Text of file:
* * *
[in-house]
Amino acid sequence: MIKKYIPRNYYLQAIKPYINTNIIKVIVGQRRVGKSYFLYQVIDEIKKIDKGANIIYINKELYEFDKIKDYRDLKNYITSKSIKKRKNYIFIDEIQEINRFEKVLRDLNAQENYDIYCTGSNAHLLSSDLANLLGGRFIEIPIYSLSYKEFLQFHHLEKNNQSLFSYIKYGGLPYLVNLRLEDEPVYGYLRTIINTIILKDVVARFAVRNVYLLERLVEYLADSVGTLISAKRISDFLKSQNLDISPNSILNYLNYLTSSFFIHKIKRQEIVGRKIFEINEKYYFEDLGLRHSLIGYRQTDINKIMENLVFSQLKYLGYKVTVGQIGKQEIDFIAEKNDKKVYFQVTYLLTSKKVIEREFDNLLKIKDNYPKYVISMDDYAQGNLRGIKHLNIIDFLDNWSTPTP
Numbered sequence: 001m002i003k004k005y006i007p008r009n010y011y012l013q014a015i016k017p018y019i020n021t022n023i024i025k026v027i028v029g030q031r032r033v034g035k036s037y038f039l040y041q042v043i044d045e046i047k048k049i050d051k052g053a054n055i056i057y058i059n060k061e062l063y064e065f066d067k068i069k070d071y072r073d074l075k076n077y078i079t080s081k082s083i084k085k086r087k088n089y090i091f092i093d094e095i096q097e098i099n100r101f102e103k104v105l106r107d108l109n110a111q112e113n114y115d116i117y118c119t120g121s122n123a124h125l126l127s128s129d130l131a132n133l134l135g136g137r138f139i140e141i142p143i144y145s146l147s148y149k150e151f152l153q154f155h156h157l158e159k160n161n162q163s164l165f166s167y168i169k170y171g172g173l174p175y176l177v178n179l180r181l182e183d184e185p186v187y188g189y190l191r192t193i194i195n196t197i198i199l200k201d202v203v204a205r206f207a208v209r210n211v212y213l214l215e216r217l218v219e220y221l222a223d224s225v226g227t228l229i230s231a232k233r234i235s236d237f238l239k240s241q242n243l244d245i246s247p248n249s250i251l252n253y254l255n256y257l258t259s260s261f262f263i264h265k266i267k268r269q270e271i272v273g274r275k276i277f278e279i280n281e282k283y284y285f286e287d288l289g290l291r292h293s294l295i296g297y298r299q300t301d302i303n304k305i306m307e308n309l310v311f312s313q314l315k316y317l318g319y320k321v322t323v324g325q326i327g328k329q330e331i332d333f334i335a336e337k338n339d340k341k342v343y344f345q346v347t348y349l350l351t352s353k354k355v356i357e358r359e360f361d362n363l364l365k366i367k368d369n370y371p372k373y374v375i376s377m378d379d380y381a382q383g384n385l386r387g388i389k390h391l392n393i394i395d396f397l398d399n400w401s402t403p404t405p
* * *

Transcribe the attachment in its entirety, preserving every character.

[in-house]
Amino acid sequence: MIKKYIPRNYYLQAIKPYINTNIIKVIVGQRRVGKSYFLYQVIDEIKKIDKGANIIYINKELYEFDKIKDYRDLKNYITSKSIKKRKNYIFIDEIQEINRFEKVLRDLNAQENYDIYCTGSNAHLLSSDLANLLGGRFIEIPIYSLSYKEFLQFHHLEKNNQSLFSYIKYGGLPYLVNLRLEDEPVYGYLRTIINTIILKDVVARFAVRNVYLLERLVEYLADSVGTLISAKRISDFLKSQNLDISPNSILNYLNYLTSSFFIHKIKRQEIVGRKIFEINEKYYFEDLGLRHSLIGYRQTDINKIMENLVFSQLKYLGYKVTVGQIGKQEIDFIAEKNDKKVYFQVTYLLTSKKVIEREFDNLLKIKDNYPKYVISMDDYAQGNLRGIKHLNIIDFLDNWSTPTP
Numbered sequence: 001m002i003k004k005y006i007p008r009n010y011y012l013q014a015i016k017p018y019i020n021t022n023i024i025k026v027i028v029g030q031r032r033v034g035k036s037y038f039l040y041q042v043i044d045e046i047k048k049i050d051k052g053a054n055i056i057y058i059n060k061e062l063y064e065f066d067k068i069k070d071y072r073d074l075k076n077y078i079t080s081k082s083i084k085k086r087k088n089y090i091f092i093d094e095i096q097e098i099n100r101f102e103k104v105l106r107d108l109n110a111q112e113n114y115d116i117y118c119t120g121s122n123a124h125l126l127s128s129d130l131a132n133l134l135g136g137r138f139i140e141i142p143i144y145s146l147s148y149k150e151f152l153q154f155h156h157l158e159k160n161n162q163s164l165f166s167y168i169k170y171g172g173l174p175y176l177v178n179l180r181l182e183d184e185p186v187y188g189y190l191r192t193i194i195n196t197i198i199l200k201d202v203v204a205r206f207a208v209r210n211v212y213l214l215e216r217l218v219e220y221l222a223d224s225v226g227t228l229i230s231a232k233r234i235s236d237f238l239k240s241q242n243l244d245i246s247p248n249s250i251l252n253y254l255n256y257l258t259s260s261f262f263i264h265k266i267k268r269q270e271i272v273g274r275k276i277f278e279i280n281e282k283y284y285f286e287d288l289g290l291r292h293s294l295i296g297y298r299q300t301d302i303n304k305i306m307e308n309l310v311f312s313q314l315k316y317l318g319y320k321v322t323v324g325q326i327g328k329q330e331i332d333f334i335a336e337k338n339d340k341k342v343y344f345q346v347t348y349l350l351t352s353k354k355v356i357e358r359e360f361d362n363l364l365k366i367k368d369n370y371p372k373y374v375i376s377m378d379d380y381a382q383g384n385l386r387g388i389k390h391l392n393i394i395d396f397l398d399n400w401s402t403p404t405p